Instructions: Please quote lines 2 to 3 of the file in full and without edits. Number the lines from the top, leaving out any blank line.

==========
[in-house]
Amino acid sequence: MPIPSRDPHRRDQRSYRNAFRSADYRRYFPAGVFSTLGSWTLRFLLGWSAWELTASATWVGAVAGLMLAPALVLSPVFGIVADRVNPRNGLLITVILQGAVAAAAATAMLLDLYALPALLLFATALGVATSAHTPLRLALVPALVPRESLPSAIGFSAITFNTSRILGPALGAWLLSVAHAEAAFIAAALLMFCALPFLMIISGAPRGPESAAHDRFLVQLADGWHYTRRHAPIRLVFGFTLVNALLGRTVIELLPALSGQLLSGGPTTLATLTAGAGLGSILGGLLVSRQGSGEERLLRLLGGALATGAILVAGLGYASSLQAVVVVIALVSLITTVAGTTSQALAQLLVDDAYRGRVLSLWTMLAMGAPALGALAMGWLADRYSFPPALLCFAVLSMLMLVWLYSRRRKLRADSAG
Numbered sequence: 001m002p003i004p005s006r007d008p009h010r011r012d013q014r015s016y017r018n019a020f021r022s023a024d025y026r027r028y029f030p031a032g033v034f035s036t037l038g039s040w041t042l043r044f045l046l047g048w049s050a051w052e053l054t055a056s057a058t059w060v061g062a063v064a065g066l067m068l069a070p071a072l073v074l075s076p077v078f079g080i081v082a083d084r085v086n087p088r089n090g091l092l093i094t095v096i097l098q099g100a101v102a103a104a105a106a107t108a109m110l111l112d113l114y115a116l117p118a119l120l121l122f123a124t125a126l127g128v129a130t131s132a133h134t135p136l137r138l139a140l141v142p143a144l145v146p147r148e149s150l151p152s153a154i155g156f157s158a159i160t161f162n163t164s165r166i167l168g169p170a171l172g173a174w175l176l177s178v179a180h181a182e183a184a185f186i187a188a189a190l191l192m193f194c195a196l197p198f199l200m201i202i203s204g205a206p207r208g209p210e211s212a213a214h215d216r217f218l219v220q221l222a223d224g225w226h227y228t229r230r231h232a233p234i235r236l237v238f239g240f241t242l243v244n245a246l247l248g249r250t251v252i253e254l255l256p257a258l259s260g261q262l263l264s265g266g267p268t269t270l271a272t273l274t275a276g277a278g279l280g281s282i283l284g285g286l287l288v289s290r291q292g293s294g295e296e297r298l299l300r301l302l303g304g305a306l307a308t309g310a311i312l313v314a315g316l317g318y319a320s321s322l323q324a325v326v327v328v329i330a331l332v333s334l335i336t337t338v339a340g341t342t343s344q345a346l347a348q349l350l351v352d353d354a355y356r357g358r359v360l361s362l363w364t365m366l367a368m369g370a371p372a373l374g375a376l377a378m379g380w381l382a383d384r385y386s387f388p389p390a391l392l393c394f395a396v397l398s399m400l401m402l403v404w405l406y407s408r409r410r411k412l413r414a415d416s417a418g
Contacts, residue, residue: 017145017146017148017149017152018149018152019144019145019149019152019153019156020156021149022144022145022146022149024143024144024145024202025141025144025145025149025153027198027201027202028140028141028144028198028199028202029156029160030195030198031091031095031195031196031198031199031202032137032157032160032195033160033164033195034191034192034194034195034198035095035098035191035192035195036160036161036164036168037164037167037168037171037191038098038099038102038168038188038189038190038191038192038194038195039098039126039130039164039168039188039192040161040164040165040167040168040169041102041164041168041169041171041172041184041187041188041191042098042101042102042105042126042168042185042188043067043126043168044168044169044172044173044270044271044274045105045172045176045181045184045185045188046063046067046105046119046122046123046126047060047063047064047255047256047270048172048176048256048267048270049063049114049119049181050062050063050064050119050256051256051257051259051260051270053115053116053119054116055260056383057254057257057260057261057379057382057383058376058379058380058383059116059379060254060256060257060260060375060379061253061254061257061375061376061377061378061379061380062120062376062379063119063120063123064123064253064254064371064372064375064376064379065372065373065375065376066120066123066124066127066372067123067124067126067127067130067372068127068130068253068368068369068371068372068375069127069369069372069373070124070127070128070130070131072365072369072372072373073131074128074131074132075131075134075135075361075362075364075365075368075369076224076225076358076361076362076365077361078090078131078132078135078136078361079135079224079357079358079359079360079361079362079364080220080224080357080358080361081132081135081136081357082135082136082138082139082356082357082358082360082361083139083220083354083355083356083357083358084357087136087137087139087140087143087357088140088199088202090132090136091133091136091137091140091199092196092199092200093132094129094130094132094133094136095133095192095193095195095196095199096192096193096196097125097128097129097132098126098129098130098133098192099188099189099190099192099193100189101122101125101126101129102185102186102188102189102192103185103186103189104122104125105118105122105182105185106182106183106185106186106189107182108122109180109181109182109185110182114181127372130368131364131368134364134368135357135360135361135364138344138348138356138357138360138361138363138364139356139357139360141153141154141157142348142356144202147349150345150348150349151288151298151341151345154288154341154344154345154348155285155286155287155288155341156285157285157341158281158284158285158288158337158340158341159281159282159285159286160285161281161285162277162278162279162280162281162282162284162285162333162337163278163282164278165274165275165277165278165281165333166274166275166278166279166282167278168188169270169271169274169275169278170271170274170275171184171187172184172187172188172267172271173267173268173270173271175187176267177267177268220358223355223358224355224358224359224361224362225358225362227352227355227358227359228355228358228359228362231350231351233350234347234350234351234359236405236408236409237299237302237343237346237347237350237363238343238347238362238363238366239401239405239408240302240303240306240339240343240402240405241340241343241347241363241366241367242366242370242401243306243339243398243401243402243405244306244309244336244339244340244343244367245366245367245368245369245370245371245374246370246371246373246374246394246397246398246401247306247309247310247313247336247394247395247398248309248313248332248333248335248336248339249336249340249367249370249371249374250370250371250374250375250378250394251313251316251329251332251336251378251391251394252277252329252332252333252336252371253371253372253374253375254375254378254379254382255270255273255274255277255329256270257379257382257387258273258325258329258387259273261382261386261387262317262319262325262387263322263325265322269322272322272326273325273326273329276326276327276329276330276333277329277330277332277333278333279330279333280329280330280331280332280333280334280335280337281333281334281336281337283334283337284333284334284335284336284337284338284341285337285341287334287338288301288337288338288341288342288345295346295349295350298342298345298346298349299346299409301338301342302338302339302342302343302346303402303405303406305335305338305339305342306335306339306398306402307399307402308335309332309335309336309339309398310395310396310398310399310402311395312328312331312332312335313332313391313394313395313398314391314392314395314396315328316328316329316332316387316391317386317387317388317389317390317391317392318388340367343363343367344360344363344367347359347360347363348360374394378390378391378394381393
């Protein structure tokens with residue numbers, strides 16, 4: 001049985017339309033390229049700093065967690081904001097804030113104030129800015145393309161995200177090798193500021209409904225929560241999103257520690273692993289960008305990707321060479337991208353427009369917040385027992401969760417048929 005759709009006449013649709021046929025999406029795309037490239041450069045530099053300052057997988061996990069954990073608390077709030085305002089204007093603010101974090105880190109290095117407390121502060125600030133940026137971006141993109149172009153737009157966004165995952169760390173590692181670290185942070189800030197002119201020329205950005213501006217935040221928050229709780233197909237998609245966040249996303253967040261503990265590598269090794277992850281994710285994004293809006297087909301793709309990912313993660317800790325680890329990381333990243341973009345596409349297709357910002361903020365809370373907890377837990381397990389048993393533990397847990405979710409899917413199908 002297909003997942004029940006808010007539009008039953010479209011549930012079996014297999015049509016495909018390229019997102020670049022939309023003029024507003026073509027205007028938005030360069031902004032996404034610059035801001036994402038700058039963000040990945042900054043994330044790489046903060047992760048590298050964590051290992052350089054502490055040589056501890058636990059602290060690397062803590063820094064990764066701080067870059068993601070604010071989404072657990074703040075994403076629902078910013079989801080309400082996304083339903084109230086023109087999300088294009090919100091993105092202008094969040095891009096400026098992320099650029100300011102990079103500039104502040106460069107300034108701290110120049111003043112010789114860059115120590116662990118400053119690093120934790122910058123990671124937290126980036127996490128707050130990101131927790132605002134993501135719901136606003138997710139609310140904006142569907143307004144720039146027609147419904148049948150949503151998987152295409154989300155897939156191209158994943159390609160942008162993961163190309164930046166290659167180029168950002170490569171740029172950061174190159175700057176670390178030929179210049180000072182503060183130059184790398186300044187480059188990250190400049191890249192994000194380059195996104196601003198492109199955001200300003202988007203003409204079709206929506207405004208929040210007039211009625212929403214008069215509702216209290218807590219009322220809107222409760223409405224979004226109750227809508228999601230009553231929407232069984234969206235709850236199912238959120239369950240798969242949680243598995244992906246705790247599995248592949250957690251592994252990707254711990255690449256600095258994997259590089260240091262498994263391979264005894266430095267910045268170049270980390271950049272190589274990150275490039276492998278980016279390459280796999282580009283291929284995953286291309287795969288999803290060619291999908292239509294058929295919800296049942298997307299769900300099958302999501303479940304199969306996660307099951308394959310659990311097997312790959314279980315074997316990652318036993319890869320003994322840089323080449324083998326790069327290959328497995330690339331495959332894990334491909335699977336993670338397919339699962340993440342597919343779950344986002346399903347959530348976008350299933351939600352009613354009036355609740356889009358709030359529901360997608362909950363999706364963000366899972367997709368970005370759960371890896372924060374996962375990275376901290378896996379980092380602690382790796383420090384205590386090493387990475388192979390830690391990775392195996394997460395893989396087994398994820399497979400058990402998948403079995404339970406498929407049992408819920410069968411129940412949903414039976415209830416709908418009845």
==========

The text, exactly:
Amino acid sequence: MPIPSRDPHRRDQRSYRNAFRSADYRRYFPAGVFSTLGSWTLRFLLGWSAWELTASATWVGAVAGLMLAPALVLSPVFGIVADRVNPRNGLLITVILQGAVAAAAATAMLLDLYALPALLLFATALGVATSAHTPLRLALVPALVPRESLPSAIGFSAITFNTSRILGPALGAWLLSVAHAEAAFIAAALLMFCALPFLMIISGAPRGPESAAHDRFLVQLADGWHYTRRHAPIRLVFGFTLVNALLGRTVIELLPALSGQLLSGGPTTLATLTAGAGLGSILGGLLVSRQGSGEERLLRLLGGALATGAILVAGLGYASSLQAVVVVIALVSLITTVAGTTSQALAQLLVDDAYRGRVLSLWTMLAMGAPALGALAMGWLADRYSFPPALLCFAVLSMLMLVWLYSRRRKLRADSAG
Numbered sequence: 001m002p003i004p005s006r007d008p009h010r011r012d013q014r015s016y017r018n019a020f021r022s023a024d025y026r027r028y029f030p031a032g033v034f035s036t037l038g039s040w041t042l043r044f045l046l047g048w049s050a051w052e053l054t055a056s057a058t059w060v061g062a063v064a065g066l067m068l069a070p071a072l073v074l075s076p077v078f079g080i081v082a083d084r085v086n087p088r089n090g091l092l093i094t095v096i097l098q099g100a101v102a103a104a105a106a107t108a109m110l111l112d113l114y115a116l117p118a119l120l121l122f123a124t125a126l127g128v129a130t131s132a133h134t135p136l137r138l139a140l141v142p143a144l145v146p147r148e149s150l151p152s153a154i155g156f157s158a159i160t161f162n163t164s165r166i167l168g169p170a171l172g173a174w175l176l177s178v179a180h181a182e183a184a185f186i187a188a189a190l191l192m193f194c195a196l197p198f199l200m201i202i203s204g205a206p207r208g209p210e211s212a213a214h215d216r217f218l219v220q221l222a223d224g225w226h227y228t229r230r231h232a233p234i235r236l237v238f239g240f241t242l243v244n245a246l247l248g249r250t251v252i253e254l255l256p257a258l259s260g261q262l263l264s265g266g267p268t269t270l271a272t273l274t275a276g277a278g279l280g281s282i283l284g285g286l287l288v289s290r291q292g293s294g295e296e297r298l299l300r301l302l303g304g305a306l307a308t309g310a311i312l313v314a315g316l317g318y319a320s321s322l323q324a325v326v327v328v329i330a331l332v333s334l335i336t337t338v339a340g341t342t343s344q345a346l347a348q349l350l351v352d353d354a355y356r357g358r359v360l361s362l363w364t365m366l367a368m369g370a371p372a373l374g375a376l377a378m379g380w381l382a383d384r385y386s387f388p389p390a391l392l393c394f395a396v397l398s399m400l401m402l403v404w405l406y407s408r409r410r411k412l413r414a415d416s417a418g